ory McIlroy was asked Tuesday in Dubai about his environmental footprint, given his globe-trotting lifestyle, following the recent COP26 summit, which brought together world leaders to address challenges of climate change.
His remark, like the most of his others, was instructive.
“It’s interesting you say that,” McIlroy said in his news conference before the European Tour’s season-ending DP World Tour Championship. “I flew back to America privately two years ago after winning in China, and it was just me on the plane,” she says. “And I just had a great flood of humiliation wash over me, as if this couldn’t possibly be good and all that.”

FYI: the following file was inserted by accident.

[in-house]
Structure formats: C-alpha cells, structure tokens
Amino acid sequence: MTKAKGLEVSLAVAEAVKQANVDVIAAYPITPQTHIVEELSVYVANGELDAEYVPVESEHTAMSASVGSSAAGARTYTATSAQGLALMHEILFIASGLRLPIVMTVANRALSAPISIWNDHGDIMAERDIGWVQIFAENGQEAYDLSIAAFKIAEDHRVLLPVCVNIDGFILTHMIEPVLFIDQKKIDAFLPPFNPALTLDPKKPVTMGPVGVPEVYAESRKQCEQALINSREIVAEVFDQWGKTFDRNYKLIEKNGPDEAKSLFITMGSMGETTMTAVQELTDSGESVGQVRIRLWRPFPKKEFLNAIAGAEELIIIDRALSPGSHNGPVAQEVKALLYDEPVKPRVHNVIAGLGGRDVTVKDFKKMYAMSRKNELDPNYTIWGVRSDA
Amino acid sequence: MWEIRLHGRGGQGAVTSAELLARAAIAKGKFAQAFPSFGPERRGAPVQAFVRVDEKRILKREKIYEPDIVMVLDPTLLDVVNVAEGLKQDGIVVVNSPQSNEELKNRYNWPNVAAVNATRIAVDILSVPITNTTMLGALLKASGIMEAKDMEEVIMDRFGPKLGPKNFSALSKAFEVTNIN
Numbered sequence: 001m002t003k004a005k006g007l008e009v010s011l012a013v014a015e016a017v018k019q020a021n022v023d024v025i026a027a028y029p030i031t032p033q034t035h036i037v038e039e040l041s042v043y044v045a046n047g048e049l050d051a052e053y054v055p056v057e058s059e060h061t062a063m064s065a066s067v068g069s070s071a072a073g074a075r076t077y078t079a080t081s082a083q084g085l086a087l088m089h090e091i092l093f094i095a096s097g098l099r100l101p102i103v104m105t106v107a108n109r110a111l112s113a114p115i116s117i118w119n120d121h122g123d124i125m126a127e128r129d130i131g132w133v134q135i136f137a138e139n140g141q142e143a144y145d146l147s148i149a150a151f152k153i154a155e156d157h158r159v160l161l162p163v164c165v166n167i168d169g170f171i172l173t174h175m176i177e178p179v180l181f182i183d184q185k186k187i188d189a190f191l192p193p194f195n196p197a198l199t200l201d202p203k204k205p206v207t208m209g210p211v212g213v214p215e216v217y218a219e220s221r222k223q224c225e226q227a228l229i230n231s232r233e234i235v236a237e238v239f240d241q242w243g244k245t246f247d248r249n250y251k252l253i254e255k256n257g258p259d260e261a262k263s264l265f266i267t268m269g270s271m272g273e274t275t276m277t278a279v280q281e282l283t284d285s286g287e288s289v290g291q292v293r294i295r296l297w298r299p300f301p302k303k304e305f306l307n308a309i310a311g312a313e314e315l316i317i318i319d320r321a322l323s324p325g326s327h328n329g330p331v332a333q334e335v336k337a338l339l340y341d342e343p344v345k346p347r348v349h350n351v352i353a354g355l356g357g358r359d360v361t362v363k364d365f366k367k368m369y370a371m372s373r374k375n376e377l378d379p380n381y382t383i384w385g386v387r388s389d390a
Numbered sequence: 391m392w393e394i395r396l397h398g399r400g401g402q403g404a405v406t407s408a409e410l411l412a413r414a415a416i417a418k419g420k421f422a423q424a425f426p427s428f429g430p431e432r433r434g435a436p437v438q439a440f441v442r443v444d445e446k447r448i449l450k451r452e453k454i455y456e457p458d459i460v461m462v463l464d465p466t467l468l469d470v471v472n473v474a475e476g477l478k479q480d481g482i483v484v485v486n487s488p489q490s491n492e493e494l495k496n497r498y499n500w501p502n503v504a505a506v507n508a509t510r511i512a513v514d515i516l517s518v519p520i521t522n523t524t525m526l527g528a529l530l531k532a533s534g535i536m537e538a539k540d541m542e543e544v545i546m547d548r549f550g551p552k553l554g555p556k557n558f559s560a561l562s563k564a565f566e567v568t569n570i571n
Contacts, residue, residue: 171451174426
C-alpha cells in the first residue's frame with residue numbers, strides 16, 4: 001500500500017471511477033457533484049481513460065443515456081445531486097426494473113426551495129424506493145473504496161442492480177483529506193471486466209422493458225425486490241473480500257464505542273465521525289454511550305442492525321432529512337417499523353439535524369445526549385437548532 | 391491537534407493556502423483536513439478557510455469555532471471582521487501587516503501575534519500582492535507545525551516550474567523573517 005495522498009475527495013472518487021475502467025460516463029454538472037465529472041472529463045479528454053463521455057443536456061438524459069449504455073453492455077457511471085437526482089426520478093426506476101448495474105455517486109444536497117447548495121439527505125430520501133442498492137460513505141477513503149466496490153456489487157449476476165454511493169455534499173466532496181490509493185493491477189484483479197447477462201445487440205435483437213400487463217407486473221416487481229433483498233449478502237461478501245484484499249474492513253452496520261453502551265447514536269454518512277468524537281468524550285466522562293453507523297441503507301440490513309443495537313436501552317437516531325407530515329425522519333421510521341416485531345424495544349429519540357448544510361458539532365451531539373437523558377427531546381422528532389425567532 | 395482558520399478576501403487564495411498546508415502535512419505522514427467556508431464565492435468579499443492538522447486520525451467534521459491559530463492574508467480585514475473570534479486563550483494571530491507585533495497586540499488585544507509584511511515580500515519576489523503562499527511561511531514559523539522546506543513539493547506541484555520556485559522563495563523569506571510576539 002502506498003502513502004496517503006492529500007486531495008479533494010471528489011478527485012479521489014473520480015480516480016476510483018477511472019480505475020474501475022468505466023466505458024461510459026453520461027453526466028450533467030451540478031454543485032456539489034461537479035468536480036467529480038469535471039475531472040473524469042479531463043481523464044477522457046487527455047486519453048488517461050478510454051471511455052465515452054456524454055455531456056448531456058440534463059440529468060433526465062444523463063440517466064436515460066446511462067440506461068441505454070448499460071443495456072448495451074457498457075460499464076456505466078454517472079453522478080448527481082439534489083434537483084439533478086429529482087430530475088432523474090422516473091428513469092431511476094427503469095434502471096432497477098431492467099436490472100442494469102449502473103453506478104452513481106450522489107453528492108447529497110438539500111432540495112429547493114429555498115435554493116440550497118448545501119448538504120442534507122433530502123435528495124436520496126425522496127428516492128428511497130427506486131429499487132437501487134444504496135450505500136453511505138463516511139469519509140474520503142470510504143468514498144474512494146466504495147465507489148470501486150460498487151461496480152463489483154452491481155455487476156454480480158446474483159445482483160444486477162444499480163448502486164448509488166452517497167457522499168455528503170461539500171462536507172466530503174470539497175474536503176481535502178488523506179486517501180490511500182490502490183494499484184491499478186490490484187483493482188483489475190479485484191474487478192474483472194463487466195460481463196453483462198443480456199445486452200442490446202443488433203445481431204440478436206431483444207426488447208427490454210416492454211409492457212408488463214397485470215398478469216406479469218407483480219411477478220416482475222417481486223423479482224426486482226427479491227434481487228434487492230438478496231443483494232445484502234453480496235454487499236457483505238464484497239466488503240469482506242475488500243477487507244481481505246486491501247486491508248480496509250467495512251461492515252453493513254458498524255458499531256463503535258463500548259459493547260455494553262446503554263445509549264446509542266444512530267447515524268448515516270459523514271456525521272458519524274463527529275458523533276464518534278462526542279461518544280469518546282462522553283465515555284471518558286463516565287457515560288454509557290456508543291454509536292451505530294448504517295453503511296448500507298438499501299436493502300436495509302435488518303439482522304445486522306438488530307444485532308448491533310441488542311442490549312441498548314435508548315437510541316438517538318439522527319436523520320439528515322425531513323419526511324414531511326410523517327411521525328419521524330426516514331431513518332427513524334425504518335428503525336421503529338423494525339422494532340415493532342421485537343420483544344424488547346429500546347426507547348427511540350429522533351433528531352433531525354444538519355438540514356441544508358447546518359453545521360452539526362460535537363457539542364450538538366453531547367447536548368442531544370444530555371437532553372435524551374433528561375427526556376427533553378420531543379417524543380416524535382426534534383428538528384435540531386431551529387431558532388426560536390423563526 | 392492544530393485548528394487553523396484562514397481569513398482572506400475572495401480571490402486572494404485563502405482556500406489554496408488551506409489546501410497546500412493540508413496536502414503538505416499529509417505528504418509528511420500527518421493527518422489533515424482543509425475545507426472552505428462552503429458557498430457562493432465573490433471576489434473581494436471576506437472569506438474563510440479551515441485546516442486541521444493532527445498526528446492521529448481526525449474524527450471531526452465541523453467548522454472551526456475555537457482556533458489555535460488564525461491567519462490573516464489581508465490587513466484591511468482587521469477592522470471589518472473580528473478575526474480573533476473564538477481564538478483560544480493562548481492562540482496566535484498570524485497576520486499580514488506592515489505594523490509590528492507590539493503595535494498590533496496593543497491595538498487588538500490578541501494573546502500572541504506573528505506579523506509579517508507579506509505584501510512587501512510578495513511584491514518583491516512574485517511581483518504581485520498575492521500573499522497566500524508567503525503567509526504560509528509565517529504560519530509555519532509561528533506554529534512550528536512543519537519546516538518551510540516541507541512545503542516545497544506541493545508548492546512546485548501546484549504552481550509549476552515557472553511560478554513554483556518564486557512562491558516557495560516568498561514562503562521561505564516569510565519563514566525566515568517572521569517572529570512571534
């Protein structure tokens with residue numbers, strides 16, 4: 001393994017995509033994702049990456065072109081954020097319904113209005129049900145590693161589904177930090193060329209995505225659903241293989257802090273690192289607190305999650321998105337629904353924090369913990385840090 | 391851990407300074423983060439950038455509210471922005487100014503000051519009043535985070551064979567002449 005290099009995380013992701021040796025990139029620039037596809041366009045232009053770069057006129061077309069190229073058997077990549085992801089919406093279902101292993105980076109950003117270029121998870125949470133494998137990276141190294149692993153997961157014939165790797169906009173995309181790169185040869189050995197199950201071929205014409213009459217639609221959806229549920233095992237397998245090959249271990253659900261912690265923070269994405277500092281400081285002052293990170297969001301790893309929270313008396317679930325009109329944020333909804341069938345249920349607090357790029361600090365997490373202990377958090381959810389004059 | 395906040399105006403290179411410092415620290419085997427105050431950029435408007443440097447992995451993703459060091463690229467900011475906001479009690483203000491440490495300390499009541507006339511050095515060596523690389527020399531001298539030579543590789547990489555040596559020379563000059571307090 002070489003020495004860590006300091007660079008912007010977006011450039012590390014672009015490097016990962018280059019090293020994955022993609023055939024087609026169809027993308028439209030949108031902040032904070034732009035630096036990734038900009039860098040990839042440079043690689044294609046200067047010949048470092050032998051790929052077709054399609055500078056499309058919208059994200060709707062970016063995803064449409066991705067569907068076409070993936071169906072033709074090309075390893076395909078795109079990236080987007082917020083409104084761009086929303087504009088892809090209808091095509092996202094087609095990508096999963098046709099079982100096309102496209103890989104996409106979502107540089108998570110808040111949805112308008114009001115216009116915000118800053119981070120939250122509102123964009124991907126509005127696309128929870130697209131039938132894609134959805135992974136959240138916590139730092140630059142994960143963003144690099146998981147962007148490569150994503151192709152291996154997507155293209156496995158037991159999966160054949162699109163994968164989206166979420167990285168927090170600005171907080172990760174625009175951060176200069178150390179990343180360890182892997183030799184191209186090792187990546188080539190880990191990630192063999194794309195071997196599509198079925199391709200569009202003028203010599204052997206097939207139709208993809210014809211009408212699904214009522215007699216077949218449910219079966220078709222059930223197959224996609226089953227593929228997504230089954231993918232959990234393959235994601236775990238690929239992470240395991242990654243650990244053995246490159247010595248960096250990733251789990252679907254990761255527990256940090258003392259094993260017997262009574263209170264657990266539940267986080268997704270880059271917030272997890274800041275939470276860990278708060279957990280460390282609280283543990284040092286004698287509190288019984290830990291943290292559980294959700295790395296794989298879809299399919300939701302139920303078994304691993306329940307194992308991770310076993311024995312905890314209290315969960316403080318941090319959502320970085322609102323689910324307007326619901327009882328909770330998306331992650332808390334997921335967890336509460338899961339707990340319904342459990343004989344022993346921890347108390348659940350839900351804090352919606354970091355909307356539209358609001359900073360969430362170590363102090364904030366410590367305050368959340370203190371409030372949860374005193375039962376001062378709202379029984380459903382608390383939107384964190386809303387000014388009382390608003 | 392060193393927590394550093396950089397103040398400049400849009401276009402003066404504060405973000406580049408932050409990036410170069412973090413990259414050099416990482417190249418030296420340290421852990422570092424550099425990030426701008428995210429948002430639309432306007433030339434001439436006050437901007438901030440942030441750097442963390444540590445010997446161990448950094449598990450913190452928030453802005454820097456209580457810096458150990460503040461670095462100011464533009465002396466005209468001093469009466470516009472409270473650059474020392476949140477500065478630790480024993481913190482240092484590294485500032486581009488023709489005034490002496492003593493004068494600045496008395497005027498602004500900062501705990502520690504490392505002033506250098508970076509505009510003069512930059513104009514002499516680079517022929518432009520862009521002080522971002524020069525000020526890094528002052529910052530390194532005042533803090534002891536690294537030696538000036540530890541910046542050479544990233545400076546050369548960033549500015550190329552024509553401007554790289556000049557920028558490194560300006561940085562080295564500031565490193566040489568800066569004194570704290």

As a result, McIlroy and his team contacted the CEO Foundation, a non-profit dedicated to golf sustainability.
“I wouldn’t call myself an eco-warrior,” he explained, “but I don’t want to harm the environment in any case, so how can I make my tour across the world neutral, how can I neutralize what I do?”
Given the opportunity to lessen his carbon footprint, McIlroy now not only pays what it costs to fly privately – he also pays an additional amount (said to be around $200,000 by some accounts) to be carbon neutral by the end of the year.
“It’s something I’m conscious of and take seriously,” he said, “particularly when you see some of the weather catastrophes that are occurring.” “I reside in a location of the world (South Florida) where storms are quite common and are becoming more so as time passes. I believe that we can all contribute in some way.”